University of Illinois study findings demonstrate the mental health and wellness benefits of adaptive sport
— University of Illinois Research Lead Dr. Jules Woolf
ROCKVILLE, MARYLAND, UNITED STATES, August 1, 2022 /EINPresswire.com/ — According to the Center for Disease Control, one in 4 U.S. adults – 61 million Americans, have a disability that impacts major life activities. Of those, 47 percent of people with a disability ages 18 to 64, reported they get no aerobic physical activity. For many of these Americans, the benefits that physical activity can have on their whole health are not widely understood.Existing, independent, peer-reviewed academic research has previously demonstrated that adaptive sports has positive, lasting physical and psychological effects – yet more work is needed. In December 2020, Move United, the national leader in community adaptive sports, partnered with a research team at the University of Illinois Department of Recreation, Sport and Tourism to conduct a study with over 1,000 individuals with a disability across the country. The study was conducted in the midst of the Coronavirus pandemic and looked at the benefit of Move United programming.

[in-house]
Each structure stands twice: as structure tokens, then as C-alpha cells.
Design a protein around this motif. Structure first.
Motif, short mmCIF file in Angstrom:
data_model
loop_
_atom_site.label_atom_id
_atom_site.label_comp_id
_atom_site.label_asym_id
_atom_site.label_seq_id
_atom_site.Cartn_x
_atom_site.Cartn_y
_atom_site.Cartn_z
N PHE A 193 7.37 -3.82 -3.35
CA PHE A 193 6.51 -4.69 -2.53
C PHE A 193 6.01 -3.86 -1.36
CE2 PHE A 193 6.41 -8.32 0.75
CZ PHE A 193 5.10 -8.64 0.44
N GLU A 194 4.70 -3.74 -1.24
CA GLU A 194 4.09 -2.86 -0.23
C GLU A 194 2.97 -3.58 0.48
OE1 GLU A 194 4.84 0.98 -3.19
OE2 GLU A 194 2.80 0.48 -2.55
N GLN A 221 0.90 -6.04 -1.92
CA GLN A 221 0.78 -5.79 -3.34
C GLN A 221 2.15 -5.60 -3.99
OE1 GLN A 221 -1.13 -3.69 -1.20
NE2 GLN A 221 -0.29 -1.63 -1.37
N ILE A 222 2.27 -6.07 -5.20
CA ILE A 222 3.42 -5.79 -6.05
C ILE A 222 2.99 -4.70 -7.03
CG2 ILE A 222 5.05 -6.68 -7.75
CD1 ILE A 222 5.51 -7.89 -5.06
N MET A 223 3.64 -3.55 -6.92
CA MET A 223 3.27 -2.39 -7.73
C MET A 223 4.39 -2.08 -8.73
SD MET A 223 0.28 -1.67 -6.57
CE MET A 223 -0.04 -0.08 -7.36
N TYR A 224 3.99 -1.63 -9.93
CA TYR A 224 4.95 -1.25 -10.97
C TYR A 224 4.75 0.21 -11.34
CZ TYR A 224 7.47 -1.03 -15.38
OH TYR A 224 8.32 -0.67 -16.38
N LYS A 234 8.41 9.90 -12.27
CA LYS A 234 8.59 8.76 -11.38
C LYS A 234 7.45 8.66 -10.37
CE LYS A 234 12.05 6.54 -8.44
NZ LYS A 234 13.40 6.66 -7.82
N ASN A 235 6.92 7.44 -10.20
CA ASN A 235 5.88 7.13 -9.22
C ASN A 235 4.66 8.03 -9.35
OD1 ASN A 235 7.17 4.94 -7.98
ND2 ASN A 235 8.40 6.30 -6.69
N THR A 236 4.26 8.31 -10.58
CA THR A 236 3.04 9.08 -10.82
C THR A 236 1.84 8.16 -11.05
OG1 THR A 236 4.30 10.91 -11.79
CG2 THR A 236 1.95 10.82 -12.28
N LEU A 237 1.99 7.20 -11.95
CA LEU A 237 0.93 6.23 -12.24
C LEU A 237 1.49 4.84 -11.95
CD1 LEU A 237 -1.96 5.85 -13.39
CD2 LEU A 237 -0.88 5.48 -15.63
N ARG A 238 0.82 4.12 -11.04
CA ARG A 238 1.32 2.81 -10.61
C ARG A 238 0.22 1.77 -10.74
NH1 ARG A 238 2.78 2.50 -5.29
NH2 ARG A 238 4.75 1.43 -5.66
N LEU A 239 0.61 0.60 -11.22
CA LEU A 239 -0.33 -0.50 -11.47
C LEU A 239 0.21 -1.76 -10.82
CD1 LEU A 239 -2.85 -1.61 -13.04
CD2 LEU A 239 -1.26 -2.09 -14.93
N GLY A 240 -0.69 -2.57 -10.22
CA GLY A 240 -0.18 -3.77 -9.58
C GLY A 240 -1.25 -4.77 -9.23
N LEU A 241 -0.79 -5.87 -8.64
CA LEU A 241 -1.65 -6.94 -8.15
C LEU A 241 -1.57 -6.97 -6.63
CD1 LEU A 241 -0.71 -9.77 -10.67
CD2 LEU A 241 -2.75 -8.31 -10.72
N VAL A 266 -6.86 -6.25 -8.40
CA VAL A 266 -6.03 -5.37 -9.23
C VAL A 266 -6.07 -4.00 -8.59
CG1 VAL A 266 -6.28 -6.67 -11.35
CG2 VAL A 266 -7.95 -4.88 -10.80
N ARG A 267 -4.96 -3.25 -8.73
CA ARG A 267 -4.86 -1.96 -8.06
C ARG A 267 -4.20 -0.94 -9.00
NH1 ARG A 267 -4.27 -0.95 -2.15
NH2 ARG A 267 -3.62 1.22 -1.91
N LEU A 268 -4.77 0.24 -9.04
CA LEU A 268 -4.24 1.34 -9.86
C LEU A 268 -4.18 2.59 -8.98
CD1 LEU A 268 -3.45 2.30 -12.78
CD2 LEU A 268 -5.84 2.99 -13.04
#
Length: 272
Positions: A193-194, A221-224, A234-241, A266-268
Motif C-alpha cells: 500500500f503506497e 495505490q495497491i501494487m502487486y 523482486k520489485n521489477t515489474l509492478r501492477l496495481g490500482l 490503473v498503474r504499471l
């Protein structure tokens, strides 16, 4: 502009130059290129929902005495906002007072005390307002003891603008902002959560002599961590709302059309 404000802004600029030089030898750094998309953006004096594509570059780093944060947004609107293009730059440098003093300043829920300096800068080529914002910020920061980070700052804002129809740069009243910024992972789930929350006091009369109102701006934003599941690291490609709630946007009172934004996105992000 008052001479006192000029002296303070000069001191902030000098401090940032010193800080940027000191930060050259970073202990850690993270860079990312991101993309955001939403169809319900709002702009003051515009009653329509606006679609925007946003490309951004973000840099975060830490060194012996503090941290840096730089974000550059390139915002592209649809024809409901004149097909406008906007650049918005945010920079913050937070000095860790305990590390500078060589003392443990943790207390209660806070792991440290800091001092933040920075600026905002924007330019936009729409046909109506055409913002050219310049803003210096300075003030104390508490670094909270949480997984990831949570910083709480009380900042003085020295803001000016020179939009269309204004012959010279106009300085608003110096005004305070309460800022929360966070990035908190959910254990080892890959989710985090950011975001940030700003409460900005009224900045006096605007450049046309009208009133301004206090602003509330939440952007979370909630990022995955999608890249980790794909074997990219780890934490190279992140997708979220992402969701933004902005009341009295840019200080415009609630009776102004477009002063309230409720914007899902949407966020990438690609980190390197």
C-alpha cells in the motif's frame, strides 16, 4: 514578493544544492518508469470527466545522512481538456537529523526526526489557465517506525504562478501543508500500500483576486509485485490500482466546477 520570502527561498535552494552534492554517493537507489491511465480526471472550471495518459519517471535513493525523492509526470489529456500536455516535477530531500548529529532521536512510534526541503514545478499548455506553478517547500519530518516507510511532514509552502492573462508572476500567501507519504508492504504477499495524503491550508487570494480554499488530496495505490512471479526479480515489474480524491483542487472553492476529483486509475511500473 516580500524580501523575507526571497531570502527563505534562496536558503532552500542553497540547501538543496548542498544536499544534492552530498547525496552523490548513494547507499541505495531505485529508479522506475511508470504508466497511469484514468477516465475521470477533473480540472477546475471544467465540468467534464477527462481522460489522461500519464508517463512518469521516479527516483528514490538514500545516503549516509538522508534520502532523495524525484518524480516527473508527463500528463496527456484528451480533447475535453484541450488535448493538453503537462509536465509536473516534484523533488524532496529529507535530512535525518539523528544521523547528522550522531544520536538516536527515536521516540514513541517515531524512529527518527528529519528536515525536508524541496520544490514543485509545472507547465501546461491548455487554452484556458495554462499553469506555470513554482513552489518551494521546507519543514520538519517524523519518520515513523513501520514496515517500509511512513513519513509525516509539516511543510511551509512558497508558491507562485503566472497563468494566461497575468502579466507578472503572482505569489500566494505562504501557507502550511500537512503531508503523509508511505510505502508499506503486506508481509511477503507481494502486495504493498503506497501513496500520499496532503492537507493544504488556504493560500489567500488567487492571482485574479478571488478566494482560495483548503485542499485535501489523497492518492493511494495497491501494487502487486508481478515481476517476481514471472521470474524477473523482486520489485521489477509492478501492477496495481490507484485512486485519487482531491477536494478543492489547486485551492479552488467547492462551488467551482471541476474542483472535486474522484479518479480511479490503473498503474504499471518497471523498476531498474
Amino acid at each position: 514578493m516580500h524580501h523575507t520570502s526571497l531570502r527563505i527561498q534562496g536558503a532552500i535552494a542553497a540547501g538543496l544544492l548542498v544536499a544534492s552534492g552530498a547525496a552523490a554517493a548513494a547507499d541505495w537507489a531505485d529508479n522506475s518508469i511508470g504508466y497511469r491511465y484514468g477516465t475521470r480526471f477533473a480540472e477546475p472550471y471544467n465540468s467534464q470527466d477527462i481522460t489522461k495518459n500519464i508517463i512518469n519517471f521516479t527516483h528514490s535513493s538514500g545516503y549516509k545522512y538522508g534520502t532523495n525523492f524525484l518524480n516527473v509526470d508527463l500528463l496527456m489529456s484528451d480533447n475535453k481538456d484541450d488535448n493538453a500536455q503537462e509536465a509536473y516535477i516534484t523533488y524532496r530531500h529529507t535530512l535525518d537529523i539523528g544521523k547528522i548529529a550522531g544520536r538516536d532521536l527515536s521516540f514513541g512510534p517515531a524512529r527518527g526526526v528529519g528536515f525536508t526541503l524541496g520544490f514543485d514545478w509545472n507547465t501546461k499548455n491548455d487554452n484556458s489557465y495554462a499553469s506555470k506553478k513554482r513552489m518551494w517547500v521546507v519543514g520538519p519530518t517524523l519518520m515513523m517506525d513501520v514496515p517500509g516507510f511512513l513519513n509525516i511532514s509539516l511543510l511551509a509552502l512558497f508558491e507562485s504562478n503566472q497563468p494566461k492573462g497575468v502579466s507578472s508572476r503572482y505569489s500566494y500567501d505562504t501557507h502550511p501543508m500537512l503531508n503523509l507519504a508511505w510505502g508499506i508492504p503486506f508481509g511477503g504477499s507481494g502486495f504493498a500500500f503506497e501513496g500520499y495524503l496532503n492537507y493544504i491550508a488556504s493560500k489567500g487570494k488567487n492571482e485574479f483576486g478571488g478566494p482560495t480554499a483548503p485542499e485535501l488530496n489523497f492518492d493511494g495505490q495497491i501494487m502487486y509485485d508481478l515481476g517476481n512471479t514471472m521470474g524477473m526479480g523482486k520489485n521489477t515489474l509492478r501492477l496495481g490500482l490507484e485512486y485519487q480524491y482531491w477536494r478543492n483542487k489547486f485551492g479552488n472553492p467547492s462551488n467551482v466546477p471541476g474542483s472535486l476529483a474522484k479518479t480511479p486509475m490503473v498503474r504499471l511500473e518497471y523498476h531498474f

Research Lead Dr. Jules Woolf and his University of Illinois team recently published a paper in the Journal of Leisure Studies entitled “Disasters and catastrophes: the impact on people with disabilities’ leisure-time physical activity participation and associative mental health and well-being.”
Some of the keys findings published in the journal included:
• The social aspect of being active is important.
• More simply, participating with others is important for people’s mental health, especially when our lives are facing upheaval.
• Military veterans were more likely to be in the Heavily Impacted group that had poorer mental health and well-being indices, which is concerning given the challenges this population already experiences.
• For some people with disabilities, such as those with limb loss, continuing to be physically active during disasters may be more about motivating participation. In contrast, for others, such as those with TBI, tailored outreach and programming may be needed to overcome barriers to being active.
“Our findings demonstrate the mental health and wellness benefits of adaptive sport for people with disabilities, especially during times when our daily lives are disrupted. And importantly, it shows that people with different disabilities or different life experiences, such as veterans, experience these disruptions differently. That has major implications for adaptive sport programming and outreach,” Woolf said.
To learn more about adaptive sports opportunities across the country, visit moveunitedsport.org.